The Tragedy of Charles I
Nearly 400 years after his execution, Charles I’s actions and legacy continue to divide scholarly opinion.
It has been a while since anyone has spoken up for Charles I. He has been memorably played in film (Alec Guinness), on television (Jeremy Clyde) and in the theatre (Mark Gatiss), but still he remains elusive. The Civil Wars in his three kingdoms, which culminated in his trial and subsequent execution on 30 January 1649, are now largely the preserve of battle re-enactors and specialists in the 17th century.
The period still struggles to compete with the Tudors, despite being the crucible of British history. The Stuarts are generally viewed as boring and the ferment of ideas that characterised their time on the throne too ‘difficult’ for a general readership. However, those who think otherwise are beginning to emerge, including female historians.
In an elegantly written new life of the king who lost his head, Leanda de Lisle makes the case for Charles I as a brave and radical king, who deserves respect and understanding, rather than the disapprobation, mixed with a rather maudlin sympathy, that he normally elicits. She also reconsiders Charles’ redoubtable wife, Henrietta Maria, the unpopular French consort, whose personality and Catholicism played into the hands of her husband’s opponents. The queen was the target of a ruthless, highly effective propaganda campaign, which undoubtedly played a part in the slide towards war.
Access to hitherto unseen correspondence of the Duke of Rutland amplifies our understanding of the bond between the couple, whose marriage, after a rocky start, was one of the closest of any royal union.
This new material also underlines the European dimension to the reign, often overlooked. Scholars of the period will be grateful that de Lisle has included full texts of many of these letters in her footnotes. For the general reader, the book proceeds at a cracking pace as the king’s tragedy unfolds.
The question remains whether one is ultimately convinced. The difficulty in espousing the royalist cause is the character of the king himself and his immovable views on how monarchy and government should function in his realms. In key areas, such as the relationship between a ruler and his subjects, he was a man out of time, a monarch who would have been more comfortable in the Tudor period. He would not give an inch, whereas his opponents tried repeatedly to reach some accommodation with him, almost until the moment of his trial. By then, after a conflict which had done enormous damage and produced 180,000 casualties in England alone, it was not surprising that his accusers called him ‘that man of blood’. Constantly hoping, but consistently failing, to capitalise on the splits among his opponents, Charles realised too late that they were in deadly earnest. He went to his execution with a quiet fortitude that, to some, made him a martyr, his philosophy succinctly stated in his view that ‘a subject and a sovereign are clean different things’.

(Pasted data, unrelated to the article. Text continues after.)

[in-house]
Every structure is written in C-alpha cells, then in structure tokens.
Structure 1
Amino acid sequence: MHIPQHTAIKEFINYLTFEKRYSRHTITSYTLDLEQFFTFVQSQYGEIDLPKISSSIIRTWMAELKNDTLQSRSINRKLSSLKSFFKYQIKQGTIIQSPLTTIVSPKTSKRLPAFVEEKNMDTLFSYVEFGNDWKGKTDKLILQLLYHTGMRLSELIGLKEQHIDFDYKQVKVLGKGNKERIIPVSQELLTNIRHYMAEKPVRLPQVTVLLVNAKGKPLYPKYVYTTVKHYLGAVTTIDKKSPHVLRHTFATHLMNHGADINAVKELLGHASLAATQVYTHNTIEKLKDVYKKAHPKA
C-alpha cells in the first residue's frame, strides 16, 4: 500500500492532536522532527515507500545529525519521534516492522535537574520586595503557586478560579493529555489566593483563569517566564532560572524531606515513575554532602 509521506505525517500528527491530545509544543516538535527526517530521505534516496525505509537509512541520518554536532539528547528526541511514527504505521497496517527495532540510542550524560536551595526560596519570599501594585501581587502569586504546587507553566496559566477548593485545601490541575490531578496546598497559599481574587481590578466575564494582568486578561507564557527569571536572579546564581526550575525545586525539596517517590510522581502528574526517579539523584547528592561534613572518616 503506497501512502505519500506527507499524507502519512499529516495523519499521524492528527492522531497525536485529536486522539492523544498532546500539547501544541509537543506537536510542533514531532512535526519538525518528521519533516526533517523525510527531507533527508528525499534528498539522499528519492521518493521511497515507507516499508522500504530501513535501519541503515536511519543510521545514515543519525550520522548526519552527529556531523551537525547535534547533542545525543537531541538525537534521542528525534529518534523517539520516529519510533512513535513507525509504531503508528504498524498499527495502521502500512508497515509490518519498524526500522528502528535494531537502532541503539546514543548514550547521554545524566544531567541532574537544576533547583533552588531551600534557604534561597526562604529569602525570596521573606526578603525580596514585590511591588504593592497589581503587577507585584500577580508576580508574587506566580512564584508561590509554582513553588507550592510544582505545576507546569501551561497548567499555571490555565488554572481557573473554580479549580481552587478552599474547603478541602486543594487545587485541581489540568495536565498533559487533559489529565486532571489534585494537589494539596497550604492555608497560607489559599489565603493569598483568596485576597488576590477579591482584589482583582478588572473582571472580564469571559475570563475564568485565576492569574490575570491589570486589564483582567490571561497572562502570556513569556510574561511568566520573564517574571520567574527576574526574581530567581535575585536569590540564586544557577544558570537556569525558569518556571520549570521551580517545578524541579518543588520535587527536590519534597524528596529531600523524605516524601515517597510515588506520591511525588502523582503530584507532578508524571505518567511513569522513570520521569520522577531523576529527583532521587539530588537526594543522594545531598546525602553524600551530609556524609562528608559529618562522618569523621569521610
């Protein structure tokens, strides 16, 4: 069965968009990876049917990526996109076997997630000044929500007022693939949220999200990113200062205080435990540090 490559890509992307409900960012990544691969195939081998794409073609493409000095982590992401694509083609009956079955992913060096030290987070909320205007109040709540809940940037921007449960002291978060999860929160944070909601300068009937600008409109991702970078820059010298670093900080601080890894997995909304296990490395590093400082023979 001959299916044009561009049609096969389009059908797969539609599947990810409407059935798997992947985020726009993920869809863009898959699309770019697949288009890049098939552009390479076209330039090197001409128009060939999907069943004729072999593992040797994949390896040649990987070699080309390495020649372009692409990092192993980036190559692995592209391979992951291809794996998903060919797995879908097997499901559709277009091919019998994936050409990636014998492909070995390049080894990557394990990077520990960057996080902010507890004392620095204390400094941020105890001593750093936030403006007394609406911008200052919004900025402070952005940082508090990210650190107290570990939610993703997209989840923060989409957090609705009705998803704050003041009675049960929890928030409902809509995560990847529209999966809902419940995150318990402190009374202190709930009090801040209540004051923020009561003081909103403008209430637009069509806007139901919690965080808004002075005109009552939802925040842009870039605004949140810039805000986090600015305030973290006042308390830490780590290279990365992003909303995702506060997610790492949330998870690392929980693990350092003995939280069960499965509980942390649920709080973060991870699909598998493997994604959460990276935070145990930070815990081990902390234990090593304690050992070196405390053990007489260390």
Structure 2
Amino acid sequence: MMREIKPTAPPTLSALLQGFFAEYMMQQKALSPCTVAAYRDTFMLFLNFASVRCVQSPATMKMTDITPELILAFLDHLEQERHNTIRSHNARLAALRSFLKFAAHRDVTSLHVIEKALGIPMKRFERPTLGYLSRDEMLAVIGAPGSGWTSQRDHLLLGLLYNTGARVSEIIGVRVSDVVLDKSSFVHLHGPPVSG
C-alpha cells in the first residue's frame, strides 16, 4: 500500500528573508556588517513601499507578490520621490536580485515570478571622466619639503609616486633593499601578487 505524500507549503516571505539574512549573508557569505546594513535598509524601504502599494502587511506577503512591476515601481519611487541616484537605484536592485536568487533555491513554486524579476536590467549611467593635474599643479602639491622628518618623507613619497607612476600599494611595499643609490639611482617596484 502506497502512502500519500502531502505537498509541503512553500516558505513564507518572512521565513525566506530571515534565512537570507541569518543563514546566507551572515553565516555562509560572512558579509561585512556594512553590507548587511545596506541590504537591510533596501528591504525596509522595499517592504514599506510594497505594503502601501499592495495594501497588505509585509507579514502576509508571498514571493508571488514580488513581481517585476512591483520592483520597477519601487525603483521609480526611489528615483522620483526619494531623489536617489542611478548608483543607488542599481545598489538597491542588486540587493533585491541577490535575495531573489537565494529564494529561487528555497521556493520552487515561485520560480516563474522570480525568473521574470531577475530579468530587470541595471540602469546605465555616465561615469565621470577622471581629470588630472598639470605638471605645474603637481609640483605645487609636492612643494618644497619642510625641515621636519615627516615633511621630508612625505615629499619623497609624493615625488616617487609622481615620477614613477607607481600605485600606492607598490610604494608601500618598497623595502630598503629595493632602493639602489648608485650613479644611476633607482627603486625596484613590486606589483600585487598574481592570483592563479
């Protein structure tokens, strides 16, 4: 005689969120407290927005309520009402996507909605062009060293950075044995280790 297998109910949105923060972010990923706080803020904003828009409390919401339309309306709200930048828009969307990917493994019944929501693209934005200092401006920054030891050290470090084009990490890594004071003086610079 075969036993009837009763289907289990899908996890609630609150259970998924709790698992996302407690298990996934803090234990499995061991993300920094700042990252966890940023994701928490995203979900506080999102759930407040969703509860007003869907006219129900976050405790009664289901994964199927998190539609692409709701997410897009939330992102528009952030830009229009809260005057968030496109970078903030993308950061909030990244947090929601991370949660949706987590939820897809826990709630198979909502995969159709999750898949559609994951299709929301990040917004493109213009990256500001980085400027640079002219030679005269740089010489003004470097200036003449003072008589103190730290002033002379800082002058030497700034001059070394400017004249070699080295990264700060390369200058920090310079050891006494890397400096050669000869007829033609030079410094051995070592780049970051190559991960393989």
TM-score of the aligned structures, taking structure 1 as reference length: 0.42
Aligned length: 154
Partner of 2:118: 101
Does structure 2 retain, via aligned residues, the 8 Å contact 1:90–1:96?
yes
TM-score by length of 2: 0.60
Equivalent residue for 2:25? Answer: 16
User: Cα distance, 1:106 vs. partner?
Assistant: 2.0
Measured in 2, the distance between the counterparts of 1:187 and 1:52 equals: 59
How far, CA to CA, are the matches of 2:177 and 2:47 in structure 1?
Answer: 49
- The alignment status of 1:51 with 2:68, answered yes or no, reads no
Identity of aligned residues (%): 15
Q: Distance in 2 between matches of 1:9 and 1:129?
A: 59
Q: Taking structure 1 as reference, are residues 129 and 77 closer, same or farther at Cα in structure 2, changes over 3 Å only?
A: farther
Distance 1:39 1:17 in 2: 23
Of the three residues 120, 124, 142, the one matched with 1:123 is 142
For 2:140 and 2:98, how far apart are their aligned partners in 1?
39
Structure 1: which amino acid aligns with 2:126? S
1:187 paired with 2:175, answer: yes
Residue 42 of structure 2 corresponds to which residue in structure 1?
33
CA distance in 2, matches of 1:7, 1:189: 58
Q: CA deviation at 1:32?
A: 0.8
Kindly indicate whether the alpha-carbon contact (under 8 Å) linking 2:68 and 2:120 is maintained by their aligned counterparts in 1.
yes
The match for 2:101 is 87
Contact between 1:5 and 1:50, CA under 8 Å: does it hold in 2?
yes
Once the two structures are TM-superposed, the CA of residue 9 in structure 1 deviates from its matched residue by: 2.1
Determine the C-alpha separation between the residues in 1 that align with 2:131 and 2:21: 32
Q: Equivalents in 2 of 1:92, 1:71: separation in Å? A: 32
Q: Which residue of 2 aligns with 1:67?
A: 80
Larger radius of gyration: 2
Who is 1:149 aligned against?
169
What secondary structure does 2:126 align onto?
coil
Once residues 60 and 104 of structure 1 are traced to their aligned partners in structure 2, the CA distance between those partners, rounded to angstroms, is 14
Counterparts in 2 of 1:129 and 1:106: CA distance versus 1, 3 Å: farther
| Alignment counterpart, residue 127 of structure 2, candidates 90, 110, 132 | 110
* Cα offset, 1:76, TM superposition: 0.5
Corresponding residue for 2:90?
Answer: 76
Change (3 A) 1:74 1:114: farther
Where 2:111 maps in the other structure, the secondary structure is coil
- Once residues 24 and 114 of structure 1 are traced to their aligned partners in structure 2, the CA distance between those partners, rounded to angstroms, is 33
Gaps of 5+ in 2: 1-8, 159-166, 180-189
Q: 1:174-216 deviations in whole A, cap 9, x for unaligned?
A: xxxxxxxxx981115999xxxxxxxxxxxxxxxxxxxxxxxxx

For the next 11 years, England was a republic and Scotland and Ireland were occupied nations. However, if monarchy did not die with Charles, neither did the ideas that republicans held so dear disappear with the Restoration of 1660. Fleeing the new king’s retribution, a number of the regicides went to the American colonies, where their beliefs took root a century later. Leanda de Lisle’s splendid book is a timely reminder of the fascination of this turbulent period.
Linda Porter’s most recent book is Royal Renegades: the Children of Charles I and the English Civil Wars (Pan Macmillan, 2017).
White King: Charles I, Traitor, Murderer, Martyr
Leanda de Lisle
Chatto and Windus